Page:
I've been wanting to fix my old paper resumé's abhorrent lack of data visualization with an interactive web version. And since I'm about to hit the job market anyway, I figured now is the perfect time to introduce my own Online Visual Resumé.
I've built the site up and launched it on Google App Engine. I also posted the source for anyone else to fork and play with. The following blog post is my attempt to explain the moving parts and why I thought they were useful improvements on the traditional approach.
First off, a resumé is supposed to be about people so I wanted to leave a constant reminder that all of this data is related to a person. That led me to use a neat bootstrap sidebar template from bootply to keep the "person badge thingy" on the left. That keeps the face and details visible while scrolling through the content on the right.
And let's not forget the plethora of social media links one needs to show off. Keeping all of this on the side made it constantly accessible no matter where you go on the page.
The traditional resumé seemed to put a lot of faith in the name of your institution. To me, it seems that that is becoming increasingly less important. This may be because individuals are becoming increasingly self-empowered through the web, or it might just be the result of a steady degradation of our trust in faulty institutions. Whatever the reason, a vanilla bachelor's degree and a few nondescript company names doesn't look like it's going to cut it in the future.
Instead of broadly classifying my work by the firm's name, on my site, I have every project and collaborator summarized in a Hive Connection Plot. I also include links to the publications of projects and to the public profiles of the people I worked with when possible.
All of this sends the message of interactivity and teamwork that is so important today. There's no room to hide behind your company's credentials if all your work involved repeatedly handing the same form to the same boss.
Although the main focus of this section was the projects and collaborations, I thought it would be interesting to include the skills I brought to each project too. The great advantage of the Hive plot was the ability to add the skills on a separate branch without cluttering things too much.
One thing that was lacking in the People-Projects-Skills graphic is any quantitative assessment of ability. A list of skills doesn't tell you how well you know them so I built this zoomable pack hierarchy to make it obvious how well I know something based on its size.
When I put down my list of "known languages," I'm not saying that I know how to do everything with an Arduino or python. In a linear text resume it's impossible to express how well you know a given skill. So most kid's today have technical skill lists that bloat with a thousand things they've tried once or just vaguely understand.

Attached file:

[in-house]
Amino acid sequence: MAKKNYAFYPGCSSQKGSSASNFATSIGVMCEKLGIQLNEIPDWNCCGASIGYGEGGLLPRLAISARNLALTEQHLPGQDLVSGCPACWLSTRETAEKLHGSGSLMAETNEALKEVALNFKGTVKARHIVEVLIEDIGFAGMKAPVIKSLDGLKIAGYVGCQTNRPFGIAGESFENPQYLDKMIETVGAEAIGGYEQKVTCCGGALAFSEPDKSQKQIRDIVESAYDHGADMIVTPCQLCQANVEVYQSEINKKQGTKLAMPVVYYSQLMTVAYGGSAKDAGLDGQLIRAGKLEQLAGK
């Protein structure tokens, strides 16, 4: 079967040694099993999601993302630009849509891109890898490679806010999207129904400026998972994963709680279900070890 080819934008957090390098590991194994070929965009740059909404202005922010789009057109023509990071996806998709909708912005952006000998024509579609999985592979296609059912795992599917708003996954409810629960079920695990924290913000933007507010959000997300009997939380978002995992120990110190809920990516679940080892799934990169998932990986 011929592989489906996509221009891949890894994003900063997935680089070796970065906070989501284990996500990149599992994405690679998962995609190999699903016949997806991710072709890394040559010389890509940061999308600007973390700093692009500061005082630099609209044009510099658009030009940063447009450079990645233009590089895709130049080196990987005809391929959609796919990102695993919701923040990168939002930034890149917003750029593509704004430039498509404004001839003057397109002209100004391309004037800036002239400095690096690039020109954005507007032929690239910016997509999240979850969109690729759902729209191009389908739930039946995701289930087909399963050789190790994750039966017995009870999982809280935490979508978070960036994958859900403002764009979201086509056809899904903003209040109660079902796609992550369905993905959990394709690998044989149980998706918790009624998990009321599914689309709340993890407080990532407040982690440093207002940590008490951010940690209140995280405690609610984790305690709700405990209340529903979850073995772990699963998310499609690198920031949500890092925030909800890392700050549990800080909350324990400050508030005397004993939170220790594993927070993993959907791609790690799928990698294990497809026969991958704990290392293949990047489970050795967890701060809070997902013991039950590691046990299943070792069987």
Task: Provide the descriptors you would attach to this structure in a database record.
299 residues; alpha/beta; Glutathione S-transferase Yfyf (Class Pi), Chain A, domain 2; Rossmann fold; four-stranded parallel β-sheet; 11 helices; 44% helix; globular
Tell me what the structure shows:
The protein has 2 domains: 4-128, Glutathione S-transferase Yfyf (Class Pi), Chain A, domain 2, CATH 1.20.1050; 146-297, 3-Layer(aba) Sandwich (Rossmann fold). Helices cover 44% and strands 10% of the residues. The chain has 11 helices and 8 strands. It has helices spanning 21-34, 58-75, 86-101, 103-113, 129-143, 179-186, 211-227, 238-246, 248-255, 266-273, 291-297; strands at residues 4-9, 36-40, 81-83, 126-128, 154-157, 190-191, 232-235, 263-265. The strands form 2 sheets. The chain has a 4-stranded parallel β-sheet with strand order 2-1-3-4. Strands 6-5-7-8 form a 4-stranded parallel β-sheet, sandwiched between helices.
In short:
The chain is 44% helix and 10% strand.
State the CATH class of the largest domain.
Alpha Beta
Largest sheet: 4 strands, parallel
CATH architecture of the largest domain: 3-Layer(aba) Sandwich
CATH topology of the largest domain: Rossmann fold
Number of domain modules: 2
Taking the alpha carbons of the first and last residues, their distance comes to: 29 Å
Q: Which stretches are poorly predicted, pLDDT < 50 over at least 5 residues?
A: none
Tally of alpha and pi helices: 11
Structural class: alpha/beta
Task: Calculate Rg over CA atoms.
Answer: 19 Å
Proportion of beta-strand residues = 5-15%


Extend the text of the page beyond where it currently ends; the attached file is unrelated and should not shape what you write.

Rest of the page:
It's clear that if this sort of hierarchy of skills were formalized better it would become a heck of a lot more useful. Also publicly accessible scores for various tangible skills would convert this from a subjective assessment into an objective one.
Modern degrees are increasingly becoming more and more flexible. We give students the opportunity to learn diverse things, but unfortunately, we don't try to accurately inform employers about what their employees were actually taught. That makes a 21st century degree meaningless in terms of subject matter.
I recently saw an article by Jeff Selingo (ironically the article was on LinkedIn) where he mentioned this idea of a "digital backpack," that follow you through life, documenting your accrual of skills. The main problem I see with that is the ability to parse who knows what and how they learned it in such a disordered system.
This interconnection between skills and education would be fun to work out in the future if I ever get a chance.
I'll admit that this one was mostly just for fun. I thought it would be nice to see the way all the things I like might be related.
D3's force plots are just a fun way to draw connection matrices. They tend to look OK as long as the connectivity of the graph isn't too high. Maybe that's a good way to judge whether you're interested in too many things!
I did succumb to the peer pressure and include a link to my paper CV too at the end. Hopefully someday there will be a better way, but for now I think it's worthwhile to show off my not-too-shabby credentials in the classic style.